Ruminiyati (43) lives in Udanwuh Village, on Central Java, Indonesia. She and her husband Sumali (48) are proud owners of a quail farm. They live in a highly densely populated neighbourhood together with their thousand quails. At a certain point, problems arose. Though the quails always seemed happy, Ruminiyati’s neighbours certainly were not. The smell of quail manure bothered them intensely.
The neighbours were organising demonstrations and complaining incessantly. They demanded that Ruminiyati should shut down her farm. She needed to find a solution. She was desperate to safeguard her source of income from the quails. She sought better alternatives to collect and store the quail manure. During her search, she was introduced to staff of Hivos biogas programme Indonesia, BIRU. After attending a day-long presentation on biogas, she became convinced that installing a biogas digester on her farm was the way forward. A biogas digester would solve the waste problem, Moreover, it would also generate energy for cooking and lighting.
Of course, a biogas digester would require significant funding. Ruminiyati did not have the means to make the full investment on her own. She needed support. Ruminiyati turned to a government programme that focuses on empowering villagers. Since she was the first in her village to opt for biogas, they agreed to support her if she was willing to share her experiences with others. Hivos partner BIRU provided a grant to her for buying and implementing the biogas digester. Of the total costs of 12 million rupiah (approximately 800 euro), Ruminiyati only needed to invest 3 million rupiah (200 euro) herself.
Quail manure put to good use
As soon as the biogas digester was in use, it proved a perfect instrument for waste management. The large, daily quantity of quail manure is now moved directly into the digester. The bad smell of manure is gone, to the great relief of Ruminiyati’s neighbours. Moreover, the quail manure is now being put to good use: it guarantees a constant flow of biogas, more than Ruminiyati and Sumali need. They decided to share their surplus with their neighbours. Their five closest neighbours now have access to the biogas for cooking. Evidently, all this has led to much improved relations with the people of their community.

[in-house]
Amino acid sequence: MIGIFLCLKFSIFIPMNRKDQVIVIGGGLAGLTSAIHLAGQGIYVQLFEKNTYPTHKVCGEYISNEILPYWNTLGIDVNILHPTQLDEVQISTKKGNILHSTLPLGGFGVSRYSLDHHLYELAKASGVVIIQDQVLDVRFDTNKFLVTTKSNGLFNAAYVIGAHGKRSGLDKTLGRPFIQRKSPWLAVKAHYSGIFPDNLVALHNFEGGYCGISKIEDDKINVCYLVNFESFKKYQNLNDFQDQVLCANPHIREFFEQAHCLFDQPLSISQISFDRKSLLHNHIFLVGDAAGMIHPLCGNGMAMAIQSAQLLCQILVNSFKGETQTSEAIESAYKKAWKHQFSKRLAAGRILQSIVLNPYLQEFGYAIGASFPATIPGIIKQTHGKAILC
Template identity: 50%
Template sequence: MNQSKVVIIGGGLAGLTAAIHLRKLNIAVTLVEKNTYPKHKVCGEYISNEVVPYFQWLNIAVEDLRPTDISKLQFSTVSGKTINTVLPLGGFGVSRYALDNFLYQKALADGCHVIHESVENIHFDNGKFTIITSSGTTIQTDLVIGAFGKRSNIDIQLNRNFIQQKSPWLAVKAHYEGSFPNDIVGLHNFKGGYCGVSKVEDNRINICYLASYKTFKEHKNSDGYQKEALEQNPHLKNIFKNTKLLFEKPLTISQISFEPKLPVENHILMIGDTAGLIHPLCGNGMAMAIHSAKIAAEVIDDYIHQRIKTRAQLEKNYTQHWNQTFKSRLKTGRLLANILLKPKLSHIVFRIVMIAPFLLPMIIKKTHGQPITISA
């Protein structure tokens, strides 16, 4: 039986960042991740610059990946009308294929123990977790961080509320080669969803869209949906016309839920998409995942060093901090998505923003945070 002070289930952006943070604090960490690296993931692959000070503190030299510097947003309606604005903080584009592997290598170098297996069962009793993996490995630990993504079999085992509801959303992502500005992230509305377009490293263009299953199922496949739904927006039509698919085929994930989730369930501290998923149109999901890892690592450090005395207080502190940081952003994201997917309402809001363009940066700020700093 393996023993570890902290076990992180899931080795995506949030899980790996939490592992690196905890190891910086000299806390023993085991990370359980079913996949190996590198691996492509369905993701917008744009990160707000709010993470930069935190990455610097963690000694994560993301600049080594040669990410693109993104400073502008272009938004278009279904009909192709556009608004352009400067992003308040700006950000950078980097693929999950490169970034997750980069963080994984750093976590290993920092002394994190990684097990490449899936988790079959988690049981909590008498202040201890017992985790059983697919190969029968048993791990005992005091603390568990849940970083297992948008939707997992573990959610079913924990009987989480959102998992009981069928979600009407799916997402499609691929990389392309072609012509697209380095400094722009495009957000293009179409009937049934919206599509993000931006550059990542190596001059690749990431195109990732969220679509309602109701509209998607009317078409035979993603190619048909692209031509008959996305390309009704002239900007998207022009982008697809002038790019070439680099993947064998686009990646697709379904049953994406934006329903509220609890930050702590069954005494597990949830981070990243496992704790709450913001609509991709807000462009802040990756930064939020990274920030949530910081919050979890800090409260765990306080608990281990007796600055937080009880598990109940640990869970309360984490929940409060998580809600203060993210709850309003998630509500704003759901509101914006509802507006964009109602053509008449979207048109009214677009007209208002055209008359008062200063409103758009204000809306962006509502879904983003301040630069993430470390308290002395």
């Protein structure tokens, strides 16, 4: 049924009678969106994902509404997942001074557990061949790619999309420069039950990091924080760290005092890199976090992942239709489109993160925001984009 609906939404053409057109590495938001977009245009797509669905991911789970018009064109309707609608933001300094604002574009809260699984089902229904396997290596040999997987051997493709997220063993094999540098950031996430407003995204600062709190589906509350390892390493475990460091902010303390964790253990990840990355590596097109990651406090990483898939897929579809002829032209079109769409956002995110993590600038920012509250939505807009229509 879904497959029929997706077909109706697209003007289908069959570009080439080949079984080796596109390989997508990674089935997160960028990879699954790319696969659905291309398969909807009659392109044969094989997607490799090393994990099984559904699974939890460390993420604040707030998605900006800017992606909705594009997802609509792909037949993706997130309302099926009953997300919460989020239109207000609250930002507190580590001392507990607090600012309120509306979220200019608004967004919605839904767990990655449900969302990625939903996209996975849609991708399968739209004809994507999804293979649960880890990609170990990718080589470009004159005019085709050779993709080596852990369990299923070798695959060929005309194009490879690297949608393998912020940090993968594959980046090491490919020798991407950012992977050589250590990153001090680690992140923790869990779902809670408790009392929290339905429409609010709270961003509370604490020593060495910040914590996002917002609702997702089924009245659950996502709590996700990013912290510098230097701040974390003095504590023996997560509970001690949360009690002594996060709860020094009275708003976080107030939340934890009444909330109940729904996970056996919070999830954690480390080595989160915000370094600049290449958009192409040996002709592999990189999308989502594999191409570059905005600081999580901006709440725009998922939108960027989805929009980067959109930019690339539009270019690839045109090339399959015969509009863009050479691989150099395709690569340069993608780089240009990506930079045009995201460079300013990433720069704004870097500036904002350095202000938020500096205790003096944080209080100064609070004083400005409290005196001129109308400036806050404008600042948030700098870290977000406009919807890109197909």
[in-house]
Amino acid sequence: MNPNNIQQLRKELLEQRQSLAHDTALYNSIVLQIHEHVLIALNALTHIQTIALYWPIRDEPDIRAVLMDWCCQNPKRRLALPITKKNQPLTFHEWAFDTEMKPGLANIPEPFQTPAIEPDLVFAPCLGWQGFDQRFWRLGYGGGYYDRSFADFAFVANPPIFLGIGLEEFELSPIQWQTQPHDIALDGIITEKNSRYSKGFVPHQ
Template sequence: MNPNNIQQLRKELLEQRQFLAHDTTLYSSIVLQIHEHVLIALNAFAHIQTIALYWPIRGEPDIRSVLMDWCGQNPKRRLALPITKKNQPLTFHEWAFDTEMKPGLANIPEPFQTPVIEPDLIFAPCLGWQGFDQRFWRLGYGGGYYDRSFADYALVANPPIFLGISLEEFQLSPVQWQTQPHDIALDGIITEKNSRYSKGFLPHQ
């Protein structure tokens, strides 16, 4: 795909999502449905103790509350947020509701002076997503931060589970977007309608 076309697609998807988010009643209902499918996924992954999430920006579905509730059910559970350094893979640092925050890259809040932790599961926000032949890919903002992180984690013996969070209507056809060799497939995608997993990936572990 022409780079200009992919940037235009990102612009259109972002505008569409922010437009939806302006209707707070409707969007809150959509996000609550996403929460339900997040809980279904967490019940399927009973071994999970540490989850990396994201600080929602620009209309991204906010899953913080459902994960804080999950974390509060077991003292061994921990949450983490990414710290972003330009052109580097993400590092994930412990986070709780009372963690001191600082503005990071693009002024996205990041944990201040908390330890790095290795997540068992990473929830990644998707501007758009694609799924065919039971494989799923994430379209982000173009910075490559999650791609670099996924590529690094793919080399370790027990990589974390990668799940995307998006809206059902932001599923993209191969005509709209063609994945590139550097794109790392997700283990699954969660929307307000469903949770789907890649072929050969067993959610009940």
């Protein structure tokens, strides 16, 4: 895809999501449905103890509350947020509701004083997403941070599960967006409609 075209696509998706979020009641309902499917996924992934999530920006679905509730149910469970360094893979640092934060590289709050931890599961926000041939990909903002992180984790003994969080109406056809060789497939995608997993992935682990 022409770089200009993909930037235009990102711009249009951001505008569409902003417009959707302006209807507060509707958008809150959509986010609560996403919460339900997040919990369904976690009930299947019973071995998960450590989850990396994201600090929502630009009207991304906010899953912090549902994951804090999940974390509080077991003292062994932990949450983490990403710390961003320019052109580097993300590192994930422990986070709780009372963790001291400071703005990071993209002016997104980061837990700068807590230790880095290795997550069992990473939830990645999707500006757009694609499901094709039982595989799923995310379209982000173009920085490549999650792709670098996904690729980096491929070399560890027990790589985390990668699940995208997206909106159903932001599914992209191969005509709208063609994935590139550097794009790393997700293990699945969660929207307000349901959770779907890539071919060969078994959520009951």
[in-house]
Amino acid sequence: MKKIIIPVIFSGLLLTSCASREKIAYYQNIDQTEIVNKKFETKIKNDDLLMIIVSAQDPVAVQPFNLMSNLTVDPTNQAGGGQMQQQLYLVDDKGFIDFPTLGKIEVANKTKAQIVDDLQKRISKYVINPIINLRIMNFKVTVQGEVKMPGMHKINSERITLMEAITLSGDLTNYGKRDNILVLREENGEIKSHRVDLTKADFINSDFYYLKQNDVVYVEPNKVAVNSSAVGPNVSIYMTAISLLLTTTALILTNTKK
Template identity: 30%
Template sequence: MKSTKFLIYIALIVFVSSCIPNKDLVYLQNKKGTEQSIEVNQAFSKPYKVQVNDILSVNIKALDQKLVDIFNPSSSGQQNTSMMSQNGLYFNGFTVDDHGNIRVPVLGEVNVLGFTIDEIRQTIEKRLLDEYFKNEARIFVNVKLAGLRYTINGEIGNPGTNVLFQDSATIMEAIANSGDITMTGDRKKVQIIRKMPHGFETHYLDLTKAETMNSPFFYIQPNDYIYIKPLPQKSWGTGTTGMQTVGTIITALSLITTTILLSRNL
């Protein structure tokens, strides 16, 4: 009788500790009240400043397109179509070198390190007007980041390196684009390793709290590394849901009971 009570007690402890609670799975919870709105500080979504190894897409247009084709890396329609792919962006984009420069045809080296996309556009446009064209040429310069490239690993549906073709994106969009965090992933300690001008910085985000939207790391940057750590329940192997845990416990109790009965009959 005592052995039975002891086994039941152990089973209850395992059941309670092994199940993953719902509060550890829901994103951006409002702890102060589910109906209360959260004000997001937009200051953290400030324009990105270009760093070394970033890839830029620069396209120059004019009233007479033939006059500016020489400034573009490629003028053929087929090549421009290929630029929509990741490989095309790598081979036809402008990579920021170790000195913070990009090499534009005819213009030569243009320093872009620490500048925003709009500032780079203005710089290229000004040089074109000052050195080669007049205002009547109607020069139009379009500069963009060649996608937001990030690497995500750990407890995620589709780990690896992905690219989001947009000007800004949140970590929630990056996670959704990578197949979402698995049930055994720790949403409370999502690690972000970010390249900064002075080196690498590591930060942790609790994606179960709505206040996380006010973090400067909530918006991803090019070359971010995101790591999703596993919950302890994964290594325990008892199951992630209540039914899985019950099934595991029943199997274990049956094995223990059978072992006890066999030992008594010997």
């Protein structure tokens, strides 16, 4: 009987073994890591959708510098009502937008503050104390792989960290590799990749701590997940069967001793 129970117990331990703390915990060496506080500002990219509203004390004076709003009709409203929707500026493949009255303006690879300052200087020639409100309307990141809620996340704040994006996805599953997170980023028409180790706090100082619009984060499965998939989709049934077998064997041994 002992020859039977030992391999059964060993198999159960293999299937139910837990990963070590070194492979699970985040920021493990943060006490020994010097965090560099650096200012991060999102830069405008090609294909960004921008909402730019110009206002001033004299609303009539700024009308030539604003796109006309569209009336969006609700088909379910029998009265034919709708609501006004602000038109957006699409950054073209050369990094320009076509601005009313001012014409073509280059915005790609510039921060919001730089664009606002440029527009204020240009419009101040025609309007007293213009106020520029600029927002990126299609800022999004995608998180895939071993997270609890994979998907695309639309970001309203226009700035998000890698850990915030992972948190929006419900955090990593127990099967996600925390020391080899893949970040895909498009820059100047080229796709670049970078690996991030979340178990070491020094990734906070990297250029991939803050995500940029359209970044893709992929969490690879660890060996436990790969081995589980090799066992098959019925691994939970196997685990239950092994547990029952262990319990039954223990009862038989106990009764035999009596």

A man in the kitchen
And there is more. Before the biogas digester was in place, Ruminiyati spent 3 hours a week fetching firewood for cooking. And because cooking on firewood is considered a female task, Sumali never showed himself in the kitchen. Now things have changed. Cooking on biogas is modern and not yet culturally embedded. Sumali now feels free to assist his wife in the kitchen, which he is doing more and more often. Having more time on her hands, Ruminiyati was able to set up another business: producing and selling organic fertilizer. This organic fertilizer is the effective by-product of biogas-extracted quail manure. All in all, the biogas digester boosted both Ruminiyati’s financial position and her personal wellbeing.
People around the world choose biogas to create healthy kitchens and green fields. Ruminiyati’s story is just one of the many examples of the empowering effect of Hivos biogas. Hivos believes in the power of people, anywhere in the world, to improve their situation and gain more control over their lives. Most poor people live in rural areas and their basic income depends on the state of their natural environment, which is under increasing threat from the changing climate. Using renewable energy sources and climate-smart agricultural methods, such as biogas, significantly improves their living conditions and helps them to mitigate the negative effects of climate change.
Carbon finance makes these new technologies more affordable. Hivos offers biogas carbon credits – an ideal opportunity for individuals and companies to compensate their CO2 emissions, slow down climate change and stimulate global development. Besides carbon credits, Hivos also offers W+ units with which the empowerment of women worldwide is supported.